Stargazers across Tayside and Fife may be able to glimpse an epic shooting star display in the night sky overnight.
The Lyrid meteor shower is expected to peak above the UK at about 3am on Wednesday, April 22.
Up to 18 meteors per hour could be spotted in the sky during the astronomical event – along with the odd fireball.
The meteoroids originate from the tail of the Comet Thatcher – which has not come near to the sun since 1861.
It takes more than four centuries to complete an orbit and will not near the earth again until the 23rd century.
The Lyrids get their name as they appear to come from an area of the night sky in the Lyra constellation.
Assuming the skies are clear, 3am on Wednesday is expected to be the best time to see the meteor display in the UK – when Lyra will be high overhead in the northern hemisphere.
However the Mills Observatory in Dundee suggested Wednesday night might be a better chance for locals to witness the display.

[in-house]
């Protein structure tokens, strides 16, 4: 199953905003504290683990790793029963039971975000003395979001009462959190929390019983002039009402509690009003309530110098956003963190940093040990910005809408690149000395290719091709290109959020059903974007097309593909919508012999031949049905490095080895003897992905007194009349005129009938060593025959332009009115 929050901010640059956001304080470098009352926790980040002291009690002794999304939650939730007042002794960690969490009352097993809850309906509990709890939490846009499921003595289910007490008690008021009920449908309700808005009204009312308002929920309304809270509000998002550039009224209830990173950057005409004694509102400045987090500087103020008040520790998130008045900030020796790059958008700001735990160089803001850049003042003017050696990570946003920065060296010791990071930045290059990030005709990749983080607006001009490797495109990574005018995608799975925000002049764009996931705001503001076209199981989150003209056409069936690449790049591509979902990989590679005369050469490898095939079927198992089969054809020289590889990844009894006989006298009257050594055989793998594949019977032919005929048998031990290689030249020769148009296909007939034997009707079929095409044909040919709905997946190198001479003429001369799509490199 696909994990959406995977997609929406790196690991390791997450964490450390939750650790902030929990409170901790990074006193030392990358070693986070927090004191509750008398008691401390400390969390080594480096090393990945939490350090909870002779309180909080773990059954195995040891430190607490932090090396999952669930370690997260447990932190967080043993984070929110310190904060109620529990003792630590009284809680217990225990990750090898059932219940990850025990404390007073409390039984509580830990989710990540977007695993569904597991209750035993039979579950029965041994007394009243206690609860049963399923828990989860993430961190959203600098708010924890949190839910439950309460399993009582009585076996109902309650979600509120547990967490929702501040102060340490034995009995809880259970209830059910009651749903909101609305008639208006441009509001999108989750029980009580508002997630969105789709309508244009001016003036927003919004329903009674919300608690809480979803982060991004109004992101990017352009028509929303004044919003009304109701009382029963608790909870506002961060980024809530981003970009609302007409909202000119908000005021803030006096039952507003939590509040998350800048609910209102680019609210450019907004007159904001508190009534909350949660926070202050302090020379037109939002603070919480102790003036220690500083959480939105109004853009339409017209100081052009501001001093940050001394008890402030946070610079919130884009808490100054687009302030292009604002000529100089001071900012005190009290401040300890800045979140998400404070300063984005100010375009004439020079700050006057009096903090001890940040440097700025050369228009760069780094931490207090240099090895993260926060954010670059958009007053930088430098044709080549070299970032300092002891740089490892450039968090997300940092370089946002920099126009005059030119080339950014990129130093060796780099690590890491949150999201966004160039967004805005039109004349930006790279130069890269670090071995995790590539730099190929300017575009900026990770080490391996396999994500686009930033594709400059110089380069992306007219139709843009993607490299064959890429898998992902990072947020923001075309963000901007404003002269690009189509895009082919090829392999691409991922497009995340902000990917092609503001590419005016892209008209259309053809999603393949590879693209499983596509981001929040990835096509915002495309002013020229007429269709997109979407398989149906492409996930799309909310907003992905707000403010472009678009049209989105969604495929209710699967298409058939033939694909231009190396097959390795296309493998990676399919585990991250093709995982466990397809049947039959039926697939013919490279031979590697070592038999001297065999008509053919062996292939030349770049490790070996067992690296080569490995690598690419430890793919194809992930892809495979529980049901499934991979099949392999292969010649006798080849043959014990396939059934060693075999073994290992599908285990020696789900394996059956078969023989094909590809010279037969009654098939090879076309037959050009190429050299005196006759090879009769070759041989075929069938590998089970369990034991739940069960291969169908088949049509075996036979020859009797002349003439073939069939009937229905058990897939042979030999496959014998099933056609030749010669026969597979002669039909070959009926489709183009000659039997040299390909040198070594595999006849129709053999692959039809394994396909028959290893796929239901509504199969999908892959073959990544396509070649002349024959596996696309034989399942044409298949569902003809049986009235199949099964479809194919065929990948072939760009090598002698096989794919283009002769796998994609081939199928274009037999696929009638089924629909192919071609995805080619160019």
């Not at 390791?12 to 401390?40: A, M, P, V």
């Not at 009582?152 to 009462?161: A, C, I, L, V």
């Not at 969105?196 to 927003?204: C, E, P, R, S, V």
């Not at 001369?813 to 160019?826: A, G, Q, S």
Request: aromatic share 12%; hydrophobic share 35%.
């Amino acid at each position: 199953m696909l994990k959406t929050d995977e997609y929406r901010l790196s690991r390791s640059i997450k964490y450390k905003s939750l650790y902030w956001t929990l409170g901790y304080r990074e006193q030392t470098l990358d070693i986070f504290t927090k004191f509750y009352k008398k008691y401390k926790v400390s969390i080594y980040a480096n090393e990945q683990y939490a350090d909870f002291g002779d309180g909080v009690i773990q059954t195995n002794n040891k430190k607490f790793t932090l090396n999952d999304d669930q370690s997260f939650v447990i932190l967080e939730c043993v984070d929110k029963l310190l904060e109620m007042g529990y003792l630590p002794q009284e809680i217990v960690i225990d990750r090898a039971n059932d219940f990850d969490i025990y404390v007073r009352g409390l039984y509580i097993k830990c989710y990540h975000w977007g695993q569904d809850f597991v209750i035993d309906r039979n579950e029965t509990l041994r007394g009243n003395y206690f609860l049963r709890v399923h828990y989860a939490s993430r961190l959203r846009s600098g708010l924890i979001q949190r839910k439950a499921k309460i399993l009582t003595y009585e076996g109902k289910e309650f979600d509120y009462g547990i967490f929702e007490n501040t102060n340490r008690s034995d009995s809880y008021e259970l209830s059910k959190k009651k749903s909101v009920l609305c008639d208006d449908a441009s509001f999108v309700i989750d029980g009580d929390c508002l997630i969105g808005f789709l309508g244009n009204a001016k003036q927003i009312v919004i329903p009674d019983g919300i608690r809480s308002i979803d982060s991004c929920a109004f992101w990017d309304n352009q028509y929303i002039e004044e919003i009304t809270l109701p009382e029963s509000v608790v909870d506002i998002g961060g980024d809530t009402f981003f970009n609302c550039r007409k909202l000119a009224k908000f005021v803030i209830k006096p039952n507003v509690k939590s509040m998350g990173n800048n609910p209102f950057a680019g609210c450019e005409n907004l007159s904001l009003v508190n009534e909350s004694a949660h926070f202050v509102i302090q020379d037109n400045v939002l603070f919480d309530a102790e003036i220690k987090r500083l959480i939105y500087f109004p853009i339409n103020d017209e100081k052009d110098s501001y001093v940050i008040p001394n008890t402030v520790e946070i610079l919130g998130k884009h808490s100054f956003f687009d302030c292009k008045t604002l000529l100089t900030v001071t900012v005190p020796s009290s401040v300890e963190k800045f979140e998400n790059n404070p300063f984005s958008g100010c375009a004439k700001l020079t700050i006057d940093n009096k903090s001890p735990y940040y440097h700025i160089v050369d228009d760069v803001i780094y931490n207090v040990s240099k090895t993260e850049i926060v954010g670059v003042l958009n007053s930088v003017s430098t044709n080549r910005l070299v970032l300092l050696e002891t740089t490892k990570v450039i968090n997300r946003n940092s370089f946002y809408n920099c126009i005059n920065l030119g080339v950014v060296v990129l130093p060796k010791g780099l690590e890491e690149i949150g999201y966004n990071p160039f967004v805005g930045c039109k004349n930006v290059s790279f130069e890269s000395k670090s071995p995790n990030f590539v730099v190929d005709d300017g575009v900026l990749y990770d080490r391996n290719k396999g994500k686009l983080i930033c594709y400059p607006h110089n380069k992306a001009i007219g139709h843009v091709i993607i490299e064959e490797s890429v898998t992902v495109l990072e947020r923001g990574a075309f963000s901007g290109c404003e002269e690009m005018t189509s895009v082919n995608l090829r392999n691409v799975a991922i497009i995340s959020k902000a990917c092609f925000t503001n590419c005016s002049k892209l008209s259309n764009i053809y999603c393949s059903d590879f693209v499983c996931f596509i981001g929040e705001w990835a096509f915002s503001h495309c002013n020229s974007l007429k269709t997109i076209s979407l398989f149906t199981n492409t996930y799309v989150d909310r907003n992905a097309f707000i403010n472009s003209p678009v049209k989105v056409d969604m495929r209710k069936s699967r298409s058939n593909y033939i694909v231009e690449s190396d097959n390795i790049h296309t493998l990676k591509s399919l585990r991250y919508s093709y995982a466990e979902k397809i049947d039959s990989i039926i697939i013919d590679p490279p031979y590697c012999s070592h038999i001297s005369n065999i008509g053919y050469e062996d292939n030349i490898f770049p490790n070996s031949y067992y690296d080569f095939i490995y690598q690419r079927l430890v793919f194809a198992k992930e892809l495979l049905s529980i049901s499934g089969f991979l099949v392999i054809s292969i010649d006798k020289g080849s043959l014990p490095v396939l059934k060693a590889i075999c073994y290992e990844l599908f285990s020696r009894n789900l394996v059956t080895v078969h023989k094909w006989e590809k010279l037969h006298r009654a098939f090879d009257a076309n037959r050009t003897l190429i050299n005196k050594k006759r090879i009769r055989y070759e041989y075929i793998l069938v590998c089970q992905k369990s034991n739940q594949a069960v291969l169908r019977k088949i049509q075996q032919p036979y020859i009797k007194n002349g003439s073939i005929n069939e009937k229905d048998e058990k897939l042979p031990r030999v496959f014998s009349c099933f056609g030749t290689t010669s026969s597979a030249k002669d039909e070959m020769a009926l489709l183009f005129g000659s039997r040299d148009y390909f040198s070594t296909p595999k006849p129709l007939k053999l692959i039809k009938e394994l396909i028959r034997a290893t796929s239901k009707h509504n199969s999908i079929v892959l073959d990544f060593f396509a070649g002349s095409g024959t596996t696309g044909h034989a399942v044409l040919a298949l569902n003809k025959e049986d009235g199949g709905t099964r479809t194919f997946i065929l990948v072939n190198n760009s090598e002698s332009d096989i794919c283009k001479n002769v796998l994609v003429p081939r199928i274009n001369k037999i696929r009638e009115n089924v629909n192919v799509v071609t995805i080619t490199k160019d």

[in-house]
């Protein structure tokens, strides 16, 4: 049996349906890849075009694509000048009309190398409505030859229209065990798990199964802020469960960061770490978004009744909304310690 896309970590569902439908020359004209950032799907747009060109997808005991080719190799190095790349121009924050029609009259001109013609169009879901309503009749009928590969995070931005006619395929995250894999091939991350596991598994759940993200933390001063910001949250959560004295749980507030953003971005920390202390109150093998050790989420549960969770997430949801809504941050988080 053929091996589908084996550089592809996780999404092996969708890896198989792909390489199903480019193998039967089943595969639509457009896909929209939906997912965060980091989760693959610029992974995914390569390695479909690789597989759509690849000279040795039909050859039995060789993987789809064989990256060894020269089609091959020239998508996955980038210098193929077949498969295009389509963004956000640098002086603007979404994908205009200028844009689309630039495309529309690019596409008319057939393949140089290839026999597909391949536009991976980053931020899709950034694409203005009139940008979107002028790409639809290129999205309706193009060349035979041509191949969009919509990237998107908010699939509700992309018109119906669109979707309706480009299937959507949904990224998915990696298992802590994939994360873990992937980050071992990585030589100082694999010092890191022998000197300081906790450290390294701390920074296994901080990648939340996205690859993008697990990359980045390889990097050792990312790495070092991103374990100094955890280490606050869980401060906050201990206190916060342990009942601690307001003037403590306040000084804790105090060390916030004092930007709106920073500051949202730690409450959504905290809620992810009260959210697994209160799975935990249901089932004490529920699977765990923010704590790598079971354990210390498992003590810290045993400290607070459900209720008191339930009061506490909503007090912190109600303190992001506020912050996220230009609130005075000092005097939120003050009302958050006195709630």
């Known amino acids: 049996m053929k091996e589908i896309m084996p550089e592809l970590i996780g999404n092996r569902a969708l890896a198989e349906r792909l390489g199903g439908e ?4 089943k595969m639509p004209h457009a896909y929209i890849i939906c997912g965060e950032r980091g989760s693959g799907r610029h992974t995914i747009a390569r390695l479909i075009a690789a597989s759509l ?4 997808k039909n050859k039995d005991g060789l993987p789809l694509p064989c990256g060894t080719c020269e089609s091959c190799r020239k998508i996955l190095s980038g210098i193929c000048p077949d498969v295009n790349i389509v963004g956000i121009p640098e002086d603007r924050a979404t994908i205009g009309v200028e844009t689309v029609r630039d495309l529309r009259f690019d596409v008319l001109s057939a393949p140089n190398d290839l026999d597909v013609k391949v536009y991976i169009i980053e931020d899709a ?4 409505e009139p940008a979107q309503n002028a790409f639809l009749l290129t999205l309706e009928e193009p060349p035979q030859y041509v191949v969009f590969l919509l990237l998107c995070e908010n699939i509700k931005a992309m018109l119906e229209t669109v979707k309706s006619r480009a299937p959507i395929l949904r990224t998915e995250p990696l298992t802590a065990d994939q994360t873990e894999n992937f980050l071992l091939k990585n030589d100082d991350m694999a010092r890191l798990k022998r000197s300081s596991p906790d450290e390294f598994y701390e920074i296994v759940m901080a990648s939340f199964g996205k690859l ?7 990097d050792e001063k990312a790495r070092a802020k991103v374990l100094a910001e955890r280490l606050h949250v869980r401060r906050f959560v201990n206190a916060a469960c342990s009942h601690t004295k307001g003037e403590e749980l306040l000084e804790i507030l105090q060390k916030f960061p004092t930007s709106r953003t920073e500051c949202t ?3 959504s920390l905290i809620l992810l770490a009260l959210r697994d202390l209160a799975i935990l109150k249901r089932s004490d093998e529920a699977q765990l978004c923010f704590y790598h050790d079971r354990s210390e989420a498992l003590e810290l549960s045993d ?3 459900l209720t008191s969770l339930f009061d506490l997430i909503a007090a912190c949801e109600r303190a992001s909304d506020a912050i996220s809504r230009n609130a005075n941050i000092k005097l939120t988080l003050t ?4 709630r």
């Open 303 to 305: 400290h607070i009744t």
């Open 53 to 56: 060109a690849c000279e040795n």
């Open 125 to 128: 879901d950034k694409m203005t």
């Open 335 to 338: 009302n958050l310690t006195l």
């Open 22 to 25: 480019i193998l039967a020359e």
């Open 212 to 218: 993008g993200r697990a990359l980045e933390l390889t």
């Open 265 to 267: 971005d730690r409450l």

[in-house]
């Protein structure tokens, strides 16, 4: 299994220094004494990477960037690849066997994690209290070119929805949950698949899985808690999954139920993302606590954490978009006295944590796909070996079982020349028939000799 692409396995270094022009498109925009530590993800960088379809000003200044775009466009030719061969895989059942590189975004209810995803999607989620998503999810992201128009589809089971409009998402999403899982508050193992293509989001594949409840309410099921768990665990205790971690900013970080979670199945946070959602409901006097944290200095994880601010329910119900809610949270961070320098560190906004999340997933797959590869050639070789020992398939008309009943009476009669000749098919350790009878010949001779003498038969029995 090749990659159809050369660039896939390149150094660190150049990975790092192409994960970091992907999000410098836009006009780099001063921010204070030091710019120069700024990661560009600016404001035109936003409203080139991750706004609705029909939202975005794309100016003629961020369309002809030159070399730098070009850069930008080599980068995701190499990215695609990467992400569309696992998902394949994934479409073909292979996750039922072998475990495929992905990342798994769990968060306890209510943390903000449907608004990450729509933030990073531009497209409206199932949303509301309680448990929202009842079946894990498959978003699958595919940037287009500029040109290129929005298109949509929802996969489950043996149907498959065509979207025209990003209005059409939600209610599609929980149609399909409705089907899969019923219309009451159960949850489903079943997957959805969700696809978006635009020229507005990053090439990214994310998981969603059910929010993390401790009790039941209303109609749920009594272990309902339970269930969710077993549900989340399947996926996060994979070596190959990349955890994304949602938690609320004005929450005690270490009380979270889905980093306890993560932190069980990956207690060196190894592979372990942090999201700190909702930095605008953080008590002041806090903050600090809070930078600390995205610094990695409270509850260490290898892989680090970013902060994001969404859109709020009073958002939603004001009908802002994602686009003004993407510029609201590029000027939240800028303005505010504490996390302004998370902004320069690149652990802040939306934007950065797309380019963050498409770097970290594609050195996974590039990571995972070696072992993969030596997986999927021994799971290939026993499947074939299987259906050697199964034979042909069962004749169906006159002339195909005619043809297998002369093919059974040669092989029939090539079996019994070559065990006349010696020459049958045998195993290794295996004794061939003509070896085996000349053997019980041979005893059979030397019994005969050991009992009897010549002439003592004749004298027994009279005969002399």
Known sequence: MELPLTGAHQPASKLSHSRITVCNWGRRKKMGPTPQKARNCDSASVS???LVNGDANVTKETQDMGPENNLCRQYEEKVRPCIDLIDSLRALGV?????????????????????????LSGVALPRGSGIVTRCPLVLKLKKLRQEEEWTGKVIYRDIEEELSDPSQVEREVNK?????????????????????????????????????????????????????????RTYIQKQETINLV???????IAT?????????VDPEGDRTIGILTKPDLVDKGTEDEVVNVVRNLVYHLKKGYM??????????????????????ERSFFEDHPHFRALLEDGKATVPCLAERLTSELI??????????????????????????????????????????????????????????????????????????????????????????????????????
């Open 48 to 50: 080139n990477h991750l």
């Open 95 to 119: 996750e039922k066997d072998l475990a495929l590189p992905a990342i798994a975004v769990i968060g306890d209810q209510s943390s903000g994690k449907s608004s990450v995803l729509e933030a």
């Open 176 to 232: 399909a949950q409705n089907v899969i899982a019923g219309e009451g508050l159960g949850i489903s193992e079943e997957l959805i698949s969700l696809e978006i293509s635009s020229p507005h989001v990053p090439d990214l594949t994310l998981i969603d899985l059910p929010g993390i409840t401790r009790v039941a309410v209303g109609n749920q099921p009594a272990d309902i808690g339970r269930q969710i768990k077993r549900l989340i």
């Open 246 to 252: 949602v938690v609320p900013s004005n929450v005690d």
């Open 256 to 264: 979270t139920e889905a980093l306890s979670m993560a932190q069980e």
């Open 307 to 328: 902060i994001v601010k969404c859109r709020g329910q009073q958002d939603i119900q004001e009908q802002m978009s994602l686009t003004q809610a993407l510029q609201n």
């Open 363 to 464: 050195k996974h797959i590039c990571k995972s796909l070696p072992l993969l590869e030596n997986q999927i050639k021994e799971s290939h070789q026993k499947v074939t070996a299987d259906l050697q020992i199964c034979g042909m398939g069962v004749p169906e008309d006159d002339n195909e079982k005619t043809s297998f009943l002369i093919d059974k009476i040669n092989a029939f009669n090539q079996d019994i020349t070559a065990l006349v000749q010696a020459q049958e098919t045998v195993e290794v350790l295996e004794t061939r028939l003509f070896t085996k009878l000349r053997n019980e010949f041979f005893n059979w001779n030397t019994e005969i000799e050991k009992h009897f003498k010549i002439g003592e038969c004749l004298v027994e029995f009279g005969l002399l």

The Royal Astronomical Society says the best way to view a meteor shower is with the naked eye.
Tania de Sales Marques, an astronomer at the Royal Observatory Greenwich, said: “Comets are basically dirty iceballs that heat up as the comet approaches the sun, releasing dust and gases into space, and if the Earth, as it moves along its orbit around the sun, encounters these clouds of dust, then we get a meteor shower.
“In order to see a meteor shower one must be somewhere shielded from city lights.
“The moon will be in its waning crescent phase which means that we will have a nice dark sky.
“We might see up to 18 meteors per hour and maybe even the occasional fireball.”
The Lyrids occur between April 16 and 25 every year.